Health is a capability beyond the absence of diseases or infirmities or bio-physical parameters. It is an ongoing, dynamic process, which is potentially achievable for everybody in all circumstances. Health includes malaise and well-being as it is a spectrum and not binary (full health or no health). This understanding of health allows one to be healthy even when one is coping with negative events. For older people or those affected by chronic illness, health can be understood only as the ability to live with restrictions, to accept physical deficits, and to find an arrangement with these
Public health comprises the entirety of all social, political and organizational efforts aimed at improving the health situation, reducing the likelihood of illness and death and increasing the life expectancy of groups [of individuals] or entire populations. Public health includes all organized, multidisciplinary and multi-professional approaches in disease prevention, health promotion, disease control, disease management, rehabilitation and care [and therefore includes all three levels of prevention].
Leonardi F (2018). The Definition of Health: Towards New Perspectives. International Journal of Health Services; 48(4): 735-748. doi: 10.1177/0020731418782653.
Franzkowiak P & BzGA (2015). Gesundheitswissenschaften / Public Health. Available from: https://leitbegriffe.bzga.de/alphabetisches-verzeichnis/gesundheitswissenschaften-public-health/ [24/09/2021].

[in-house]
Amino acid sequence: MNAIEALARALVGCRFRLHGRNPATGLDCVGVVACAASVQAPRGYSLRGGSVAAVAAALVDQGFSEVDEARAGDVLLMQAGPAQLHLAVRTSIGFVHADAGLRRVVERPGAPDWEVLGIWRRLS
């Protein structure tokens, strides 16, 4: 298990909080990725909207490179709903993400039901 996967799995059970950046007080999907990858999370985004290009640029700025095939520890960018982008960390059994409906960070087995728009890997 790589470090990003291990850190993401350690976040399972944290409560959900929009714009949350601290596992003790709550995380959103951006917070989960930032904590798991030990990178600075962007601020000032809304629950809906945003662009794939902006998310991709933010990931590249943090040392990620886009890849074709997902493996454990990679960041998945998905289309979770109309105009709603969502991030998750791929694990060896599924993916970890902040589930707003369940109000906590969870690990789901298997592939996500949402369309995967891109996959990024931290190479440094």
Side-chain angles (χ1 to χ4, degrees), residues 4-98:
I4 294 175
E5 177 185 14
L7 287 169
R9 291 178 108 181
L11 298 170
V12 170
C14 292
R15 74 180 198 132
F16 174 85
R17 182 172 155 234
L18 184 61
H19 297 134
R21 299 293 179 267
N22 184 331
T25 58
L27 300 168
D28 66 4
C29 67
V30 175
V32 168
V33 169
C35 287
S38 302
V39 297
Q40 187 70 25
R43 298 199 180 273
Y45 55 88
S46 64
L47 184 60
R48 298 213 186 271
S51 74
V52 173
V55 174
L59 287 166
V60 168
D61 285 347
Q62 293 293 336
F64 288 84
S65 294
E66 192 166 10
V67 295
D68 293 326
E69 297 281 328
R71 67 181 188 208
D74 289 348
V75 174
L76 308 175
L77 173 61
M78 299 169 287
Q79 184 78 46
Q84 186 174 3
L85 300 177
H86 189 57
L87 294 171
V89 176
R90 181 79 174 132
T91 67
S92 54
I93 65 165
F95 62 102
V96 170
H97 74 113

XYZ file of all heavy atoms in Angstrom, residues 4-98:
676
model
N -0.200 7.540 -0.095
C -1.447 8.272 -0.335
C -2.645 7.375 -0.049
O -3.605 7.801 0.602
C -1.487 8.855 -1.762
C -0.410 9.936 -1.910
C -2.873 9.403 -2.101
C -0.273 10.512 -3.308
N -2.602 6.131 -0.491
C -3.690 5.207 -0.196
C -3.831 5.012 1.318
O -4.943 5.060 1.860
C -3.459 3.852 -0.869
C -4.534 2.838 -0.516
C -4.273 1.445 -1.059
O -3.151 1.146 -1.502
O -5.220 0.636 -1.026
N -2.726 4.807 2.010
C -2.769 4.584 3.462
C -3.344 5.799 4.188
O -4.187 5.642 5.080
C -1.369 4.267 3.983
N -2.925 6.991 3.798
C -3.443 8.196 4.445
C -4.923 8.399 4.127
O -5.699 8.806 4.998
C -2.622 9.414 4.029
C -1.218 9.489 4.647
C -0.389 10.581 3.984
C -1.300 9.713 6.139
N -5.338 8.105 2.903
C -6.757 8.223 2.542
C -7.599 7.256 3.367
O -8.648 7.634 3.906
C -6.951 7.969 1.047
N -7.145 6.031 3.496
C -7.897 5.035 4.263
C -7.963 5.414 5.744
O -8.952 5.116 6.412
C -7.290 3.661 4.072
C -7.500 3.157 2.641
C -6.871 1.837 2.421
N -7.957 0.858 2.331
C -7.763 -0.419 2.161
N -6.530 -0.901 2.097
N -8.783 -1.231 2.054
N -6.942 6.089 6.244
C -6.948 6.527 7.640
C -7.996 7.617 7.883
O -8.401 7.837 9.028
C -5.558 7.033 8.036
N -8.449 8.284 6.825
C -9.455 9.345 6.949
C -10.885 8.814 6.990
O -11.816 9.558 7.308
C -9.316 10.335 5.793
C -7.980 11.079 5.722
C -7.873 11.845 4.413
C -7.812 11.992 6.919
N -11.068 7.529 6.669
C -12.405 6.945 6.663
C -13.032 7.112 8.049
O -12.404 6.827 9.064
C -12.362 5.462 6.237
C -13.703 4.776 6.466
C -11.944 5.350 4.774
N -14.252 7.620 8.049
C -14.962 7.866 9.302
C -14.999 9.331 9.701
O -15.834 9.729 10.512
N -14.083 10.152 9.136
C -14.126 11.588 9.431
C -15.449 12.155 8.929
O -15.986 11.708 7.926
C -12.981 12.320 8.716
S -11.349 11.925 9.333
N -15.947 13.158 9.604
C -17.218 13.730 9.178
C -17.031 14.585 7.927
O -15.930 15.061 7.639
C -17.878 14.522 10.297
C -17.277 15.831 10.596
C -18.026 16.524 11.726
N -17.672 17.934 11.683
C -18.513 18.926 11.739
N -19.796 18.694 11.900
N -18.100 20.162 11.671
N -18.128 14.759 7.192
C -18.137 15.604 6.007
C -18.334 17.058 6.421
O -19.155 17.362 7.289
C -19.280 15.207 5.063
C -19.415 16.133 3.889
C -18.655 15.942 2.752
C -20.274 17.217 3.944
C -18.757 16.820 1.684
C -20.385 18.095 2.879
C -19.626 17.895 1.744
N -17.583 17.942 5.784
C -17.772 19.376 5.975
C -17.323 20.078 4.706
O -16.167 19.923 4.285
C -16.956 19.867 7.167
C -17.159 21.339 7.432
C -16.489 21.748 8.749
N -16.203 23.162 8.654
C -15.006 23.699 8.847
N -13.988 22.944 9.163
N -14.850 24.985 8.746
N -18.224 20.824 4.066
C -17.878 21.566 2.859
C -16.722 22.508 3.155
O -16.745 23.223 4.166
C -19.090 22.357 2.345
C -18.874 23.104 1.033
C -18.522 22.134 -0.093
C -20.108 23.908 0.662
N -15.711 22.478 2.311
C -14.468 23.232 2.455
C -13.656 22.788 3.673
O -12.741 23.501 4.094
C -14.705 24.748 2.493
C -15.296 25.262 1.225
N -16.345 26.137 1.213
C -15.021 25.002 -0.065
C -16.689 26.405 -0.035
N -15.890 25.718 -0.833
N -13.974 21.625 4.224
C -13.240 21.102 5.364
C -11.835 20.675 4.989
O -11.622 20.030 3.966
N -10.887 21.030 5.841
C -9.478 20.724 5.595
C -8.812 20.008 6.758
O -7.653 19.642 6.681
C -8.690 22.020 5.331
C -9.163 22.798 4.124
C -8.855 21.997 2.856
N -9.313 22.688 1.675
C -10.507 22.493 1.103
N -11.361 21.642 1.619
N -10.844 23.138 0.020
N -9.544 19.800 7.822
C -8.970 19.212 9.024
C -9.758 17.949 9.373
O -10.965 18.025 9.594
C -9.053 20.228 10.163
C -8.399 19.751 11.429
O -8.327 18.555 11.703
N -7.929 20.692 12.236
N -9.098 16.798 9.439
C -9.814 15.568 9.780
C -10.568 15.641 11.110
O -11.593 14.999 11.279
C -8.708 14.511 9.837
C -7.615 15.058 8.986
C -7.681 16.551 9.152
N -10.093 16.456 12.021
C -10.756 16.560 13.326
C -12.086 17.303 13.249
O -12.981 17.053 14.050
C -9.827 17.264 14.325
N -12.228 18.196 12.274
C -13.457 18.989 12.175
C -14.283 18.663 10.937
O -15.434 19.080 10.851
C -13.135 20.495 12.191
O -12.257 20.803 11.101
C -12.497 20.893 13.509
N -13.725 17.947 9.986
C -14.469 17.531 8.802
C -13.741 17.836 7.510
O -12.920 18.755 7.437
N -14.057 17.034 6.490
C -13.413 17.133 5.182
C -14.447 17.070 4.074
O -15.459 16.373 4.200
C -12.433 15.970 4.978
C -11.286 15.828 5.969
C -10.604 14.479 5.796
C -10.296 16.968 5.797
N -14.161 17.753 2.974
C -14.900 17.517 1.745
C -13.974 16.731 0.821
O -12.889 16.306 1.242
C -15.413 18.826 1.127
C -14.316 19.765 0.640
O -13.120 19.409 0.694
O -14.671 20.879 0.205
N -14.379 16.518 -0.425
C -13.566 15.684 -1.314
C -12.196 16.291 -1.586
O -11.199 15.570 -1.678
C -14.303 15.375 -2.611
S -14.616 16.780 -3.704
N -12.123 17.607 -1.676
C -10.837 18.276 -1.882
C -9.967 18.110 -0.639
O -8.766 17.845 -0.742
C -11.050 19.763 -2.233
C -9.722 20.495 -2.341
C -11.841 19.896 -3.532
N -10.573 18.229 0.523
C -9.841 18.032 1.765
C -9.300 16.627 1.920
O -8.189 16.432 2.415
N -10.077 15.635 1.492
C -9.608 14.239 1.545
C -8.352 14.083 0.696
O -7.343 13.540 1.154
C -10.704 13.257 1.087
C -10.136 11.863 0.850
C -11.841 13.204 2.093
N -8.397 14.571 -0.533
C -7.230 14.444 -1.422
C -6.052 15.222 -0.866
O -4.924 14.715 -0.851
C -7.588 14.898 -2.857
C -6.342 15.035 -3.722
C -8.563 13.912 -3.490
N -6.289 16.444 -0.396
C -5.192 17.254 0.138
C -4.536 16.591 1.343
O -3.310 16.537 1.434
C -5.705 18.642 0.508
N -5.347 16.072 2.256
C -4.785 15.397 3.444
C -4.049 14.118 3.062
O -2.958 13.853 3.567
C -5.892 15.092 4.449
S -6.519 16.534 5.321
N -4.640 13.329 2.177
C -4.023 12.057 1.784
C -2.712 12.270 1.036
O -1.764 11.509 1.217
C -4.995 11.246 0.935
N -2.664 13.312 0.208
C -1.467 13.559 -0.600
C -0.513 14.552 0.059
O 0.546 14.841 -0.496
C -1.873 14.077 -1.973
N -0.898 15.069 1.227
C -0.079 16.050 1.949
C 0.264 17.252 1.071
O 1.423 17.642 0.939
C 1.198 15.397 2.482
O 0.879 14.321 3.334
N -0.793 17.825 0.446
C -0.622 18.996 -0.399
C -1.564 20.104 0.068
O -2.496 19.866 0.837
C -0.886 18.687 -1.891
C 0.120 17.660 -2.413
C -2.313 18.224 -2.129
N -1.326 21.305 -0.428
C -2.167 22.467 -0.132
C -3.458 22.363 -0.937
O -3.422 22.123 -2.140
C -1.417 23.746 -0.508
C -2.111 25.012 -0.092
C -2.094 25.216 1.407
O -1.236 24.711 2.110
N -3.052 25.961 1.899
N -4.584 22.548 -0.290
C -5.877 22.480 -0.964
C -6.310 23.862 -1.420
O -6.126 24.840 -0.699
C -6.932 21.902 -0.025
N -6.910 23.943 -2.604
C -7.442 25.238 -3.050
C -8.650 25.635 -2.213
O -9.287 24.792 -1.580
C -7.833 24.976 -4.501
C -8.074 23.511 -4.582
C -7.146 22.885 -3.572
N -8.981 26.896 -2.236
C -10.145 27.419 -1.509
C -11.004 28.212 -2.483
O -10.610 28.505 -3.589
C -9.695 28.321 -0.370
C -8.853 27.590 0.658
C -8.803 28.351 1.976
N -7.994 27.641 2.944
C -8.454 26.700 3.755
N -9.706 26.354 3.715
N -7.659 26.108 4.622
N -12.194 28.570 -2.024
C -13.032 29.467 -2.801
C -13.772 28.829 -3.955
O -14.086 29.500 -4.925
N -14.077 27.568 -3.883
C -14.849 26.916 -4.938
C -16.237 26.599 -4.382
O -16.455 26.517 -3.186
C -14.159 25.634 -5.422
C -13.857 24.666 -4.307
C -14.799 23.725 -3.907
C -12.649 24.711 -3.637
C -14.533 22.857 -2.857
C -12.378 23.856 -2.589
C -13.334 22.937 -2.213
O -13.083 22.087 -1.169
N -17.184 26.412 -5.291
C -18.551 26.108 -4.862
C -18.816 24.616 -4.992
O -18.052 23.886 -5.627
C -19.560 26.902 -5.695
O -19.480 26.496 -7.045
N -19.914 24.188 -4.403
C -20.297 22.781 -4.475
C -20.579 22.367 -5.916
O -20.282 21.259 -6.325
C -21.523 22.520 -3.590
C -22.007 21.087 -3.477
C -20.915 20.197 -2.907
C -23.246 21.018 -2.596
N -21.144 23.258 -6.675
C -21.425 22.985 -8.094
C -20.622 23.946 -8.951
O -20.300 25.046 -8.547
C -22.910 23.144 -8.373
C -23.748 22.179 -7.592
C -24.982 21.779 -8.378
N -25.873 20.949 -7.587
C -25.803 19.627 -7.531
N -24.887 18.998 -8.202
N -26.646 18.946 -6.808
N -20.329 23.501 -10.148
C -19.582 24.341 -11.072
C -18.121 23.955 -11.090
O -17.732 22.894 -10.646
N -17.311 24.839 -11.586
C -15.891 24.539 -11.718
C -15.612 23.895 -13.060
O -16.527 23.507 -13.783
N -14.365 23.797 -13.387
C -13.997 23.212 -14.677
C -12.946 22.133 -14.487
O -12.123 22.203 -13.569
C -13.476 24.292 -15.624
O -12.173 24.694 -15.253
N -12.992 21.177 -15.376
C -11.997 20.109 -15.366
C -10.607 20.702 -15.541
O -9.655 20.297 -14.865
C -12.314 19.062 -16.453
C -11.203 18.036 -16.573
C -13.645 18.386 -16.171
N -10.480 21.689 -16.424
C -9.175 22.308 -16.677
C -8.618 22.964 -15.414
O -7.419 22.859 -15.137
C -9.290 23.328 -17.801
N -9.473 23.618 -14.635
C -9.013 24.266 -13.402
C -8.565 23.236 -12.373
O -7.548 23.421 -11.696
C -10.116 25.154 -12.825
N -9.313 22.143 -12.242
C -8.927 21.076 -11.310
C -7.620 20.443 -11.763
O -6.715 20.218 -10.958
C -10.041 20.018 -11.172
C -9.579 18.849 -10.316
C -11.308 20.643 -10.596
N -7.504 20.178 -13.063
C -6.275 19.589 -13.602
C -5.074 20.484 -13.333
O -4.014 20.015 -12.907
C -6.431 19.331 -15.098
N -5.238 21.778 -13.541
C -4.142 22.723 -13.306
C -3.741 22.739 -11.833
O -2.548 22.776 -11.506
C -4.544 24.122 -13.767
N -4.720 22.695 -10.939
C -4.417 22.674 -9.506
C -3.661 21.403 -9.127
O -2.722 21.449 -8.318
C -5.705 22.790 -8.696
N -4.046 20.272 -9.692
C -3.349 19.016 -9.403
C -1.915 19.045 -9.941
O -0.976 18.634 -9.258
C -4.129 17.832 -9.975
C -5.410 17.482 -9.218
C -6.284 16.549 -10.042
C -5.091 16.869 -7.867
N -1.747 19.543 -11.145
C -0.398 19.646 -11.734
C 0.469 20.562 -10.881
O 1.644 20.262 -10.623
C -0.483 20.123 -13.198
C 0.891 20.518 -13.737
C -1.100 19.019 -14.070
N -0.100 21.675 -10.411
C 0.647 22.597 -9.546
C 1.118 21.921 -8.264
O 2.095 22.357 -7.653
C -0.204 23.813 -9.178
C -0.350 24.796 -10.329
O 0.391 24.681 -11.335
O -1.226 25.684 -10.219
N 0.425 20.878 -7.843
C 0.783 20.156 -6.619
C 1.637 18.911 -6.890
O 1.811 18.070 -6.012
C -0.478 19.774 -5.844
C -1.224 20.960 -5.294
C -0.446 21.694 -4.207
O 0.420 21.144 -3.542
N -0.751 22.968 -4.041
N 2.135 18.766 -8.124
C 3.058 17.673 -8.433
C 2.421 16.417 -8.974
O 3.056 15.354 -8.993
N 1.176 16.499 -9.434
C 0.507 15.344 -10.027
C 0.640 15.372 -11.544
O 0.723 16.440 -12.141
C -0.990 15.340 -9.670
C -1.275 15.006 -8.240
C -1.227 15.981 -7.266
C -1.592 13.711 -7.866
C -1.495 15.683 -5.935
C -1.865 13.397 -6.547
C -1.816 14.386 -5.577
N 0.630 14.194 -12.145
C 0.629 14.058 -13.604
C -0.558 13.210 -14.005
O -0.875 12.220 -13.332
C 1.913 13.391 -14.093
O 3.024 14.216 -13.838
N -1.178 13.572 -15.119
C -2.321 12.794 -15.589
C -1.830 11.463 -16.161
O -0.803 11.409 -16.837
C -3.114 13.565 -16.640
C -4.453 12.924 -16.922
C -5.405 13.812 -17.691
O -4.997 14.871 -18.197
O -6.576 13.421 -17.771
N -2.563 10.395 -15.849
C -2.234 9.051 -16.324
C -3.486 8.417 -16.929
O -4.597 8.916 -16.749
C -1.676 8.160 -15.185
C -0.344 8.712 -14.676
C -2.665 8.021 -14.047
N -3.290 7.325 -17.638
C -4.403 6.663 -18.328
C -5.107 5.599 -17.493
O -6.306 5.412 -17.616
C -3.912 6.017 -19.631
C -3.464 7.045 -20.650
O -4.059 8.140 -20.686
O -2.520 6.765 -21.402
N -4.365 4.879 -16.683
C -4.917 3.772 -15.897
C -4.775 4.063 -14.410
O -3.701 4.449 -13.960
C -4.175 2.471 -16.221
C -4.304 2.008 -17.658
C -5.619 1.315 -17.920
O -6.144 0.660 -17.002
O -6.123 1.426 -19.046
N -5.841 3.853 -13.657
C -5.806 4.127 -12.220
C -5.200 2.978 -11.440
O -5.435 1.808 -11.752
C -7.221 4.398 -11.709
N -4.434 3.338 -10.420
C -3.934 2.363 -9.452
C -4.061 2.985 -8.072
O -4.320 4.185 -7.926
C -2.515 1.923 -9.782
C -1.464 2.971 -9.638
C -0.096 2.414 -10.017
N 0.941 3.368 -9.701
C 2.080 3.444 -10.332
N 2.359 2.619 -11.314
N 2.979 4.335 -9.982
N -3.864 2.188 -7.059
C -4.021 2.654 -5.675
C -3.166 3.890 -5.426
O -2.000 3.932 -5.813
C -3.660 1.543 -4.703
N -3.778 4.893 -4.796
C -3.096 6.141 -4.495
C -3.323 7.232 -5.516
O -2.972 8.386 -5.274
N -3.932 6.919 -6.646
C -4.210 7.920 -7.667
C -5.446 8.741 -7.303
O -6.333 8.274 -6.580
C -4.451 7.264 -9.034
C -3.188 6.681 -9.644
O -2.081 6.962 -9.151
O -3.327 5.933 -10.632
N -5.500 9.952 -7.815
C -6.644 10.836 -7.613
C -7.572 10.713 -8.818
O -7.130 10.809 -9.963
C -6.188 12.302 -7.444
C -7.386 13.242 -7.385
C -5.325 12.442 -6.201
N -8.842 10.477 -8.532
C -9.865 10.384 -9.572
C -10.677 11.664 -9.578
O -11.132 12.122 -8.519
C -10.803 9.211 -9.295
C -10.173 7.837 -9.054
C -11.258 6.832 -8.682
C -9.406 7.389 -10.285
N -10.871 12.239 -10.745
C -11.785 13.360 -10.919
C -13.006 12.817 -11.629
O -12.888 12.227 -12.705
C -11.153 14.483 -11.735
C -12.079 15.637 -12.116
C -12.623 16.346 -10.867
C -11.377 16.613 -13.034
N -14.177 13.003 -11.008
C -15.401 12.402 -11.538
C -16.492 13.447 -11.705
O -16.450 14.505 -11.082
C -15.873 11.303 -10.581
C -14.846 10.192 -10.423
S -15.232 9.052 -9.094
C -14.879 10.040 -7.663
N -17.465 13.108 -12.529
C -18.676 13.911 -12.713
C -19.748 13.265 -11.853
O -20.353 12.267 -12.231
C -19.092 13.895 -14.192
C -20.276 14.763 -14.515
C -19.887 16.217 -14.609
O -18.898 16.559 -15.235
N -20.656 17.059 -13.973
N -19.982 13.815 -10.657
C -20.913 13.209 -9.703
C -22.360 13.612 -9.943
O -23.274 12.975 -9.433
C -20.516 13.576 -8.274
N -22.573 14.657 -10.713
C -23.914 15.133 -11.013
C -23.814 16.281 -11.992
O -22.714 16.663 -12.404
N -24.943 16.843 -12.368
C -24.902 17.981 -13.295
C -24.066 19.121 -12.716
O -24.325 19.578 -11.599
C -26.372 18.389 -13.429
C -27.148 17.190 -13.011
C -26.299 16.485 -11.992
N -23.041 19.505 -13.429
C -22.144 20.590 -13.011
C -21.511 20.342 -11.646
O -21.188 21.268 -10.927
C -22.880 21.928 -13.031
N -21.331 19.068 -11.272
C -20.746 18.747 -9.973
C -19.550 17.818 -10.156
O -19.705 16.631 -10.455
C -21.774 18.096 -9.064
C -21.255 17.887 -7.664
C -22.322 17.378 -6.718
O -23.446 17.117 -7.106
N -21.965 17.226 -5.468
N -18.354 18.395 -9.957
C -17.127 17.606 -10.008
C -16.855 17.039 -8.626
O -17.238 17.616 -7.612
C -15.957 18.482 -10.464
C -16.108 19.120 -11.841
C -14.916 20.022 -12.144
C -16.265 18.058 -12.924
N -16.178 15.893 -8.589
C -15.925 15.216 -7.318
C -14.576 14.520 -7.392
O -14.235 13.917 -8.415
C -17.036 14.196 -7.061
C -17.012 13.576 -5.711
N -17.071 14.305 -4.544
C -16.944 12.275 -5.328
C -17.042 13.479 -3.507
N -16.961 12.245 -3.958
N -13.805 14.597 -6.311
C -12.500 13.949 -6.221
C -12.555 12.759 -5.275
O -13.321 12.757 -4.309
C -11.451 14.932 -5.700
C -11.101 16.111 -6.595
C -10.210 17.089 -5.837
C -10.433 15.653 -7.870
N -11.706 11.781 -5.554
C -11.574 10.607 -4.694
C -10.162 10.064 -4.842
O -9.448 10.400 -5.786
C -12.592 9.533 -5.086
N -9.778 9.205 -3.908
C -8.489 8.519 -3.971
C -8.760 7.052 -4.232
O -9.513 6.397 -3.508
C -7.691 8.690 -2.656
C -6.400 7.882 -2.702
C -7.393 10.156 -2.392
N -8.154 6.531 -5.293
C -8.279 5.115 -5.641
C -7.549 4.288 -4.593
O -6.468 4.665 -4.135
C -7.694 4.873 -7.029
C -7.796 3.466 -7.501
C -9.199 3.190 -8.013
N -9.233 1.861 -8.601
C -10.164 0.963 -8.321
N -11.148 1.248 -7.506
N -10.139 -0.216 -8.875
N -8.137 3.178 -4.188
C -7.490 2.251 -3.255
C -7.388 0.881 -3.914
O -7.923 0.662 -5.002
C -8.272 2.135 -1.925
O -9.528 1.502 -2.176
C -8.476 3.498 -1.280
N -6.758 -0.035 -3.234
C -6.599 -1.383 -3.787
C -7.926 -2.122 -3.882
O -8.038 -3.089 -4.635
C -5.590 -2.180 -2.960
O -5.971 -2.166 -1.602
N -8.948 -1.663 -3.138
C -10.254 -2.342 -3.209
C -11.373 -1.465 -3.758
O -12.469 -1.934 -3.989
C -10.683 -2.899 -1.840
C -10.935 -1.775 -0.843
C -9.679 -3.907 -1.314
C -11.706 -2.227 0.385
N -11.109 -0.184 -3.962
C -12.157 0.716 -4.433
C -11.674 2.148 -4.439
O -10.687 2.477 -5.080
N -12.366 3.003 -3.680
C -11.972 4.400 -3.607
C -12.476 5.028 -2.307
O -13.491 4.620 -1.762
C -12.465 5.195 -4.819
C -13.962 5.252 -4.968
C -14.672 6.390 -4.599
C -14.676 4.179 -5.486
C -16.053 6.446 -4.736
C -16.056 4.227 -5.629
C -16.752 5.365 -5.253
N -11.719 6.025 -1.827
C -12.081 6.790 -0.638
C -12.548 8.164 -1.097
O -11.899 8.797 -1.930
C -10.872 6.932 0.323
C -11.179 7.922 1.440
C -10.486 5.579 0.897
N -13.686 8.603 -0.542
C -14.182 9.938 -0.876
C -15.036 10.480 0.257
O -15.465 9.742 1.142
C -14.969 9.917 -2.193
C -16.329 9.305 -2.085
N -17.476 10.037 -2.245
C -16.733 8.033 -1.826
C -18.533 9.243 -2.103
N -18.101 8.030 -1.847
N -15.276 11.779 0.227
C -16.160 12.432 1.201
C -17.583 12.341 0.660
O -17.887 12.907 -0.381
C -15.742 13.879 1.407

Digital health is a broad umbrella term encompassing eHealth (which includes mHealth), as well as emerging areas using information and communication technologies (ICT). Examples are advanced computing sciences in ‘big data’, genomics, and artificial intelligence to address the needs of health and healthcare systems.
Digital public health is a tool to fulfill the aims and mission of public health, but not a discipline itself. The health system goals of quality, accessibility, efficiency and equity of healthcare, embraced by public health professionals are unaltered by the process of digitalization.
Electronic health (eHealth) is the use of information and communication technologies (ICT) in support of health and health-related fields, including health-care services, health surveillance, health literature, and health education, knowledge and research.